Skip to 0 minutes and 7 secondsAs a humanist living in Britain, I recognise that human beings have made significant progress

Skip to 0 minutes and 12 secondstowards a fairer and kinder society: democracy, human rights, social welfare, free education. But we could also do so much better. And most of those alive today do not share my quality of life or benefit from the results of human progress. What if you don’t believe this world is preparation for something else, but rather that it’s the only world we’ve got? If you believe only human beings can improve the quality of life on Earth, then what responsibilities do we have? If people have different needs, passions, and talents, then how can we build a world that enables them all to flourish?

Skip to 0 minutes and 51 secondsIf there is disagreement between people about what to believe and the right way to live, can we create a world that keeps everyone, or at least almost everyone, happy? And if so, what is the best way to do that?

Skip to 1 minute and 9 secondsThe questions we’ll be exploring this week are: What are human rights and why are they important to humanists? How valuable are the rights of freedom of belief and freedom of expression? What is secularism and why might humanists support it? How important is dialogue between those who hold different beliefs? What do humanists campaign for and why? Hopefully, by the end of the week, you’ll be able to explain and evaluate a humanist vision for a better world.

Welcome to Week 5

‘It will never rain roses: when we want to have more roses we must plant more trees.’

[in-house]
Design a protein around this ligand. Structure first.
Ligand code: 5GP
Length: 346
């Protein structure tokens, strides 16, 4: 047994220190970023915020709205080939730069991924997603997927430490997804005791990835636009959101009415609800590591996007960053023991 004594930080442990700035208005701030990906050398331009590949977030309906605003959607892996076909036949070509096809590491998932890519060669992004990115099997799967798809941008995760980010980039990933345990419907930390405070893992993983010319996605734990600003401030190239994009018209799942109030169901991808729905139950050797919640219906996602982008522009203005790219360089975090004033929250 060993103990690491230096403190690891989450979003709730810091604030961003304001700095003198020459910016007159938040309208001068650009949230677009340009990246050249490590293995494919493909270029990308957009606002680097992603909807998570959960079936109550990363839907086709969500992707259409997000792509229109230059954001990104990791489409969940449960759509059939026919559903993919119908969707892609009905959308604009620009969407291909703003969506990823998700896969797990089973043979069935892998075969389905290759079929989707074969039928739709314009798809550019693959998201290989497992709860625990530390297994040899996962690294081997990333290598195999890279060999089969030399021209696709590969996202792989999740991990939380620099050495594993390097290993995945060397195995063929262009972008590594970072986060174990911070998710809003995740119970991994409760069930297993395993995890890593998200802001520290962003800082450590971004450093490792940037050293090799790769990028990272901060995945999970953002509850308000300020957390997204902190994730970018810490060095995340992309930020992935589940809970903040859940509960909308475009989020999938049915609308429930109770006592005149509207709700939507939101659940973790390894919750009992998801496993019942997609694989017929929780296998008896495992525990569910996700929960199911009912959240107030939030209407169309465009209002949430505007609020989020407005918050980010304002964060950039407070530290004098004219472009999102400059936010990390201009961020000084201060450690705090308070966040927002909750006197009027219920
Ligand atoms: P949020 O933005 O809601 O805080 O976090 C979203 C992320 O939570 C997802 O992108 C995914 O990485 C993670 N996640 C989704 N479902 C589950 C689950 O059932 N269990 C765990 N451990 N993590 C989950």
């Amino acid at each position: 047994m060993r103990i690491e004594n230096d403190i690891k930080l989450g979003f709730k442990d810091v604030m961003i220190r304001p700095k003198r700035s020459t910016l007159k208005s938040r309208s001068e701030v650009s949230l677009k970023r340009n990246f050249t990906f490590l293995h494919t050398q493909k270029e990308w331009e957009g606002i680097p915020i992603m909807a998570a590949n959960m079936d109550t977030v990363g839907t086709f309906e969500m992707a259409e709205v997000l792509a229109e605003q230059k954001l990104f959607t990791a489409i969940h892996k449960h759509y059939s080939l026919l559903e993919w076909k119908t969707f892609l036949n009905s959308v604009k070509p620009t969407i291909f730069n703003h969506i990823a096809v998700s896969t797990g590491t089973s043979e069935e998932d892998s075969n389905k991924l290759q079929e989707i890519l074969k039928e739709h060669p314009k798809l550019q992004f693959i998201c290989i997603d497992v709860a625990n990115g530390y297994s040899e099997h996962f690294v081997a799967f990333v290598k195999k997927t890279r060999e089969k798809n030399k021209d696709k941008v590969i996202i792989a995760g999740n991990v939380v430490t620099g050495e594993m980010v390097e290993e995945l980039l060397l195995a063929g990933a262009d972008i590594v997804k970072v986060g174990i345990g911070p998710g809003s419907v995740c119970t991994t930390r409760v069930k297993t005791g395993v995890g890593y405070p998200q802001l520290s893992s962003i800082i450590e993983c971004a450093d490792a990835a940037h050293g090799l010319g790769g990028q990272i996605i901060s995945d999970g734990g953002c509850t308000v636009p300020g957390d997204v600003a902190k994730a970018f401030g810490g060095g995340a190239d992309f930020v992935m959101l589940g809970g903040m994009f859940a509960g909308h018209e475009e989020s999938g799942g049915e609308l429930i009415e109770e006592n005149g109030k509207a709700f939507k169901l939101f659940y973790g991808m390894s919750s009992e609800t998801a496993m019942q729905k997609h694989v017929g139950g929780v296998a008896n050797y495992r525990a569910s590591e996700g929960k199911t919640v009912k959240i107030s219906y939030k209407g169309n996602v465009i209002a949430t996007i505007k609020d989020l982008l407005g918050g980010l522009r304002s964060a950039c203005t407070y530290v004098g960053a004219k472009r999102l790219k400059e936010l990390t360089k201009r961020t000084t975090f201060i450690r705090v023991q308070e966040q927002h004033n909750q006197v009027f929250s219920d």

George Eliot, The Spanish Gypsy

Over the past couple of weeks we have explored a humanist conception of what it means to live a good life and to live morally. This week we will address how humanists might put their beliefs into practice and investigate what kind of society many humanists believe we should be fighting for.

As the novelist George Eliot hints at above, the humanist view is that human beings alone are responsible for improving our quality of life on earth. We cannot expect help to come from elsewhere. Nor can we hold out hope that injustices will be righted in some future life. We need to act to resolve injustices in the here and now.

This week

This week we will explore the motivation behind the humanist vision for a better world and ask how close humanists feel they are to achieving their goals.

This week you will explore:

  • Can imagining we did not know what position we would end up holding within a society, help us to consider what would want such a society to be like?
  • How important are human rights? How might they be criticised and defended?
  • What is secularism? What arguments do its supporters use in favour of it?
  • How much freedom should individuals have? Are there any restrictions we should place on human freedom?
  • What campaigns are humanists involved in in the UK and around the world? Where are their energies best focussed?

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This video is from the free online course:

Introducing Humanism: Non-religious Approaches to Life, with Sandi Toksvig

Humanists UK